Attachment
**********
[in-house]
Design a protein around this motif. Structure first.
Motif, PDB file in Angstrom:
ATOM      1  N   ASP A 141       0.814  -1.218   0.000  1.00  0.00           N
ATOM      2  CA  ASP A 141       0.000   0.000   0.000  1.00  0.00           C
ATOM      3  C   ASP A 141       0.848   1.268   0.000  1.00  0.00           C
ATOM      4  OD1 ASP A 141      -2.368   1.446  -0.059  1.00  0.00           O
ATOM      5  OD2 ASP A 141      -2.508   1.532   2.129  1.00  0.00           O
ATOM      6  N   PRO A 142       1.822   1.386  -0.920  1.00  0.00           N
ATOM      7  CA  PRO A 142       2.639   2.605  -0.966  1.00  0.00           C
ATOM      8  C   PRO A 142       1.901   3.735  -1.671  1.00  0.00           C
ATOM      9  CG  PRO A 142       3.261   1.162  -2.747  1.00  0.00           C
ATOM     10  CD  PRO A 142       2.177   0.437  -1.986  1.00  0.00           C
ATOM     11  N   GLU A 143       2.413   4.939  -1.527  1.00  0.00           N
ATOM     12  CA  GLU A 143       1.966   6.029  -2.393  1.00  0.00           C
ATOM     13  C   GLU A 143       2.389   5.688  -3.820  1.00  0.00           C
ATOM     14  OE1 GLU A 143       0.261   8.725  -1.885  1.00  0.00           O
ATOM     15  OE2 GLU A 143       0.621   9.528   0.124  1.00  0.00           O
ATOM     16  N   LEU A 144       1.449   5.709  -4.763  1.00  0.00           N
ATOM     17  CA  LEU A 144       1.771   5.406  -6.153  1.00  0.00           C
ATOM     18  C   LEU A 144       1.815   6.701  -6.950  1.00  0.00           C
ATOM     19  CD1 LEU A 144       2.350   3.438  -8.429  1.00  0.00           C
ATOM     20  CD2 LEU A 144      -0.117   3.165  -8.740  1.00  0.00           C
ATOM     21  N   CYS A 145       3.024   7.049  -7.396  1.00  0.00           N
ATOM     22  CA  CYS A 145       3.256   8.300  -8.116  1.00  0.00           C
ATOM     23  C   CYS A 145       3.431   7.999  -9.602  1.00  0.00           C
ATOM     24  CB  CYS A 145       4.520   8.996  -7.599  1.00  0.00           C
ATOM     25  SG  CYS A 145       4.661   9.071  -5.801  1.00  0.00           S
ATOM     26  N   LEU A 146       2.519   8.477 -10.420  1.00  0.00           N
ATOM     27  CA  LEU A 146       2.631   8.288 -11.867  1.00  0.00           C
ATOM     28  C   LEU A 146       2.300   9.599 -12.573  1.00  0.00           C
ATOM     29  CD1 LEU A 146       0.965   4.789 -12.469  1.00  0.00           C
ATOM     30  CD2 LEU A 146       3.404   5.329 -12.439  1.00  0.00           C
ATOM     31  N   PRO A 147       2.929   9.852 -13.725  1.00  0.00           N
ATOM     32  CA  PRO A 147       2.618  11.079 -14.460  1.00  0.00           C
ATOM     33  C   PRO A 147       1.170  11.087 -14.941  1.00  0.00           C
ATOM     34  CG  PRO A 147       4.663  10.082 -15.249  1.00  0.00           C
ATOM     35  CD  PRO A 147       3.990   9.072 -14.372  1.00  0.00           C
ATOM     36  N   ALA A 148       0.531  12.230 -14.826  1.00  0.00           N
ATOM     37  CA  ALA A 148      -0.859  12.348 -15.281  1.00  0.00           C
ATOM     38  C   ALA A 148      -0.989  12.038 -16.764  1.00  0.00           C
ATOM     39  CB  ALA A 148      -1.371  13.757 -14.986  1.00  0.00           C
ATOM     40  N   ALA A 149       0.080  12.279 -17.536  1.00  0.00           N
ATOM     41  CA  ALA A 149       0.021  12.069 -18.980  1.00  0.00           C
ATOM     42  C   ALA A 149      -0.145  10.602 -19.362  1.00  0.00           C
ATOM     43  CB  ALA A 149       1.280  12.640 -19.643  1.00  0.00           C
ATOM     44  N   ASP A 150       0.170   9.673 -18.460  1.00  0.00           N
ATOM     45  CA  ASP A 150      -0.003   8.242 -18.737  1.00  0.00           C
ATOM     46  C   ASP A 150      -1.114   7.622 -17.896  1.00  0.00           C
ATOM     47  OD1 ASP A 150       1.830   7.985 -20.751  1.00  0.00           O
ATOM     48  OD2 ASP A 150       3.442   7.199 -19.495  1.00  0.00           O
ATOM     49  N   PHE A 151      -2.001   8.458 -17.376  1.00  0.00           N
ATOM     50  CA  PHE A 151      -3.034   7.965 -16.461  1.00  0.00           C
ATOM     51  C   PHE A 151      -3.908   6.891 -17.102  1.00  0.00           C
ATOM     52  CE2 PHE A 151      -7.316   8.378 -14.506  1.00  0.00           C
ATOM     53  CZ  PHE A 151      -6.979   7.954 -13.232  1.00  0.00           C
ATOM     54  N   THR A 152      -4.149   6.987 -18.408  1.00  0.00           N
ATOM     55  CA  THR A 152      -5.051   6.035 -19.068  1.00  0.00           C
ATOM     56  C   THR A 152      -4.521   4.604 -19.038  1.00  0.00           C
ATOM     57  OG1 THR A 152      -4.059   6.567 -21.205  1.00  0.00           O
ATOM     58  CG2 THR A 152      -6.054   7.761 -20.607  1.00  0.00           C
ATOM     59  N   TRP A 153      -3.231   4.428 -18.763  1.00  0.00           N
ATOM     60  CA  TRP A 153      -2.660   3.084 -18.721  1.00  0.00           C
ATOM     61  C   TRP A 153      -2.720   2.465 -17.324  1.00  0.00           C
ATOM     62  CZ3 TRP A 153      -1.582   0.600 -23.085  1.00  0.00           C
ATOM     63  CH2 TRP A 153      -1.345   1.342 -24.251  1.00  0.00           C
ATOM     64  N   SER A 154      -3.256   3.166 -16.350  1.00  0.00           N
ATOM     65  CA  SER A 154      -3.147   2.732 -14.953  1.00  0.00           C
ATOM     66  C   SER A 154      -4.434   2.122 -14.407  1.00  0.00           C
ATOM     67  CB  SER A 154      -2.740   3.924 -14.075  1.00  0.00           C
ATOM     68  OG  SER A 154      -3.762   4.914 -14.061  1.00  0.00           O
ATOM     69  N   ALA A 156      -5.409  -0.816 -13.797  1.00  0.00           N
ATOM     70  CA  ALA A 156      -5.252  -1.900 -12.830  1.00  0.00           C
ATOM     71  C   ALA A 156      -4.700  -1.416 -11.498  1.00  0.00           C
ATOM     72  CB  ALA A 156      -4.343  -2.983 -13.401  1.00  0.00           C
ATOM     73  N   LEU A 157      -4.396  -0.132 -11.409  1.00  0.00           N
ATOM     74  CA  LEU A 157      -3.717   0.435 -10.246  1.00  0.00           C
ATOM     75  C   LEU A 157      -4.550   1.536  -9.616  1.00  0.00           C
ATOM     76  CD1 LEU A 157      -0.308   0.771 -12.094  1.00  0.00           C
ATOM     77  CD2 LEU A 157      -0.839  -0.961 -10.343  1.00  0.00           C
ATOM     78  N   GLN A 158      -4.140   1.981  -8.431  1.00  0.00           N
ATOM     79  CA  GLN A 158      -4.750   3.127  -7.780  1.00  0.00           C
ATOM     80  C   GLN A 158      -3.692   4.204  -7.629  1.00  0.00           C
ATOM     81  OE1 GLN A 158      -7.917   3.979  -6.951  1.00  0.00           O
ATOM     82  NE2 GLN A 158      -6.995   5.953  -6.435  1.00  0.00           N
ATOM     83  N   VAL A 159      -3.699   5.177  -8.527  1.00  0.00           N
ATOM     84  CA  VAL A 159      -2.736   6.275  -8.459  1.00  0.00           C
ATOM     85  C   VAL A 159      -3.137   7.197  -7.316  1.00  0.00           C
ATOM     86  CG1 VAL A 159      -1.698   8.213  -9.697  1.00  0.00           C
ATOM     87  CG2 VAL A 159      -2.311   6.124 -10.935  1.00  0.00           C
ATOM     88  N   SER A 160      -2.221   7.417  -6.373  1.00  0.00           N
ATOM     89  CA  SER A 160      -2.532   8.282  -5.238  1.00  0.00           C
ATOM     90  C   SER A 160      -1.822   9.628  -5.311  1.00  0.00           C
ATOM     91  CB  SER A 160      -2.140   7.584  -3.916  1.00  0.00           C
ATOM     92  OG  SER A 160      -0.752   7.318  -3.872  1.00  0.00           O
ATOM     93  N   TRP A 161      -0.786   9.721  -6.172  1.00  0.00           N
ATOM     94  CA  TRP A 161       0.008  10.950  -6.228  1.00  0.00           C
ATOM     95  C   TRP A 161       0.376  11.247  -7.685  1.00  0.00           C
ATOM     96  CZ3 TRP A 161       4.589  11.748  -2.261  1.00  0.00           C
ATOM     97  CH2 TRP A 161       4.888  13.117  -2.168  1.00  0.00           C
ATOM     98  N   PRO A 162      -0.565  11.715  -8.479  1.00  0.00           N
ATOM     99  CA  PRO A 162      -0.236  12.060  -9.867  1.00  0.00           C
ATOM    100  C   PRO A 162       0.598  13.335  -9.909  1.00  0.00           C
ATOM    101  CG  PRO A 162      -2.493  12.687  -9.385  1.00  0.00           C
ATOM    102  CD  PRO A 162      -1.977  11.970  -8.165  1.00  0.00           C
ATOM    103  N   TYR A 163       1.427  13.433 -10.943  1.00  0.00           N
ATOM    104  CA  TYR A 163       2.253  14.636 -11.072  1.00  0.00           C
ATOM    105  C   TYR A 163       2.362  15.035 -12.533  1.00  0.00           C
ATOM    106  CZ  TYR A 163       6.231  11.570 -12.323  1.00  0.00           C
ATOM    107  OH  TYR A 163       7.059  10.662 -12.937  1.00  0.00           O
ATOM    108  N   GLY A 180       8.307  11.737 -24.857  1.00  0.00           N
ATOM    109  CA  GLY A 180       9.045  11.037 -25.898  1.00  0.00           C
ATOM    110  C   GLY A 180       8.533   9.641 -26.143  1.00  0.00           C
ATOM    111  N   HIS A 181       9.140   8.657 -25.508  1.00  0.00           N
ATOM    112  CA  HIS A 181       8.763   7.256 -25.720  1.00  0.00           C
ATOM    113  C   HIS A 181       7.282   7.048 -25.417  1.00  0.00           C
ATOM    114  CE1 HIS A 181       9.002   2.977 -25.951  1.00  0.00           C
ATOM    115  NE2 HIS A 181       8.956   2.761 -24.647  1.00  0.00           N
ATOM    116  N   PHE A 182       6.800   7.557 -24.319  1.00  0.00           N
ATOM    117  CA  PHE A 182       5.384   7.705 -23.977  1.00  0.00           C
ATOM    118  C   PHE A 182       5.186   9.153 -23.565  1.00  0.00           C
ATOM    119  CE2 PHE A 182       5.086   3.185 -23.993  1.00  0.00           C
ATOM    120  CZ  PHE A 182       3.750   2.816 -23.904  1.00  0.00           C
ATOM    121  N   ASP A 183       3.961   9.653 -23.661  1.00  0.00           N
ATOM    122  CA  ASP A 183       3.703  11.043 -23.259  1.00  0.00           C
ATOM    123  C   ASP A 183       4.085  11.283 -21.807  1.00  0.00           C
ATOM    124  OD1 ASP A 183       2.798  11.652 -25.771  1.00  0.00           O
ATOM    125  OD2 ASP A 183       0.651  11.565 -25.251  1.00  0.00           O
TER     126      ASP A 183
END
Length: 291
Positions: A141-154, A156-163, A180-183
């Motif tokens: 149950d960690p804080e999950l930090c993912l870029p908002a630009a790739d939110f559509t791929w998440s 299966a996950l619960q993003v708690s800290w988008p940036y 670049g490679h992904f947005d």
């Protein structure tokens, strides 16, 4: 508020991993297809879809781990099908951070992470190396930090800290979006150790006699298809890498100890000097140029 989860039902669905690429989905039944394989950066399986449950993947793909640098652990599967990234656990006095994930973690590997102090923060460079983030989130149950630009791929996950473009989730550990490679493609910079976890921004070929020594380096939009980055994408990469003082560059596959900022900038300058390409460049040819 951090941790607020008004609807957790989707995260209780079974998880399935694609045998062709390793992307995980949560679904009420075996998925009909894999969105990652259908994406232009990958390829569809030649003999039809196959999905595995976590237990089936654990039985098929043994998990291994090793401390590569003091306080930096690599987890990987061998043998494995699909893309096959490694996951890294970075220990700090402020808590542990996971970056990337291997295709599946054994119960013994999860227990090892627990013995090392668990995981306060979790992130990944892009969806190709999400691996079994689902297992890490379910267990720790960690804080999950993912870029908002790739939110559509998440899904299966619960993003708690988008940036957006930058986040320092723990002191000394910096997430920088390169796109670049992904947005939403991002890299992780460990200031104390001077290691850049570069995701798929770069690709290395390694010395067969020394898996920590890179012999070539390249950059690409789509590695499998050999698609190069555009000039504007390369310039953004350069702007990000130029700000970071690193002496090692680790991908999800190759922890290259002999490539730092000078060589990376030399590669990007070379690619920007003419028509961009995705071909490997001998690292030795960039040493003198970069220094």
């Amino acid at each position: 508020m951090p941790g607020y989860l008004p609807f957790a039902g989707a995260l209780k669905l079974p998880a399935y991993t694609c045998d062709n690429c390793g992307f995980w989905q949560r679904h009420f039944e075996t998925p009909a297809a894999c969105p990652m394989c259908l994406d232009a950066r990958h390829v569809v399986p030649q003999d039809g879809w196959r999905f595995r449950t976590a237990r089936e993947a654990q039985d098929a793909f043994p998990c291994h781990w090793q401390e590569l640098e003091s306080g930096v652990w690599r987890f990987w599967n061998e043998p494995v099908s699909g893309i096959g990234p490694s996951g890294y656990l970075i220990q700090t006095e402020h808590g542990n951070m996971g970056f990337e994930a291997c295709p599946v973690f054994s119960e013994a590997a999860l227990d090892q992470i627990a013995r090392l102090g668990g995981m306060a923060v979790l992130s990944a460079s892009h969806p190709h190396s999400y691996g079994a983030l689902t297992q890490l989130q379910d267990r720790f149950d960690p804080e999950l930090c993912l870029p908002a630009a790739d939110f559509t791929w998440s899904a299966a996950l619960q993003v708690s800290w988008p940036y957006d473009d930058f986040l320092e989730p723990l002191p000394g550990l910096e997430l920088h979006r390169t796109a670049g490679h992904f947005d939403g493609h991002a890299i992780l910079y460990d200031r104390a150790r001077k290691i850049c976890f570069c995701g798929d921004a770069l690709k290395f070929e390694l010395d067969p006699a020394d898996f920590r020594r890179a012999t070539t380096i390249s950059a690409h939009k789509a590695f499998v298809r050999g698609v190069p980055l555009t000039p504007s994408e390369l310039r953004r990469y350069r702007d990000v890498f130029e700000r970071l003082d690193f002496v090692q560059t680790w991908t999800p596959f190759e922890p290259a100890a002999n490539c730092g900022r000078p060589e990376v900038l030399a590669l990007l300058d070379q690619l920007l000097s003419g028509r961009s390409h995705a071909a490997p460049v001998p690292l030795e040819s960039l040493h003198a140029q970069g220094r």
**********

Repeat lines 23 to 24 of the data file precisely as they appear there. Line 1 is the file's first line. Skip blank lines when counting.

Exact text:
ATOM     20  CD2 LEU A 144      -0.117   3.165  -8.740  1.00  0.00           C
ATOM     21  N   CYS A 145       3.024   7.049  -7.396  1.00  0.00           N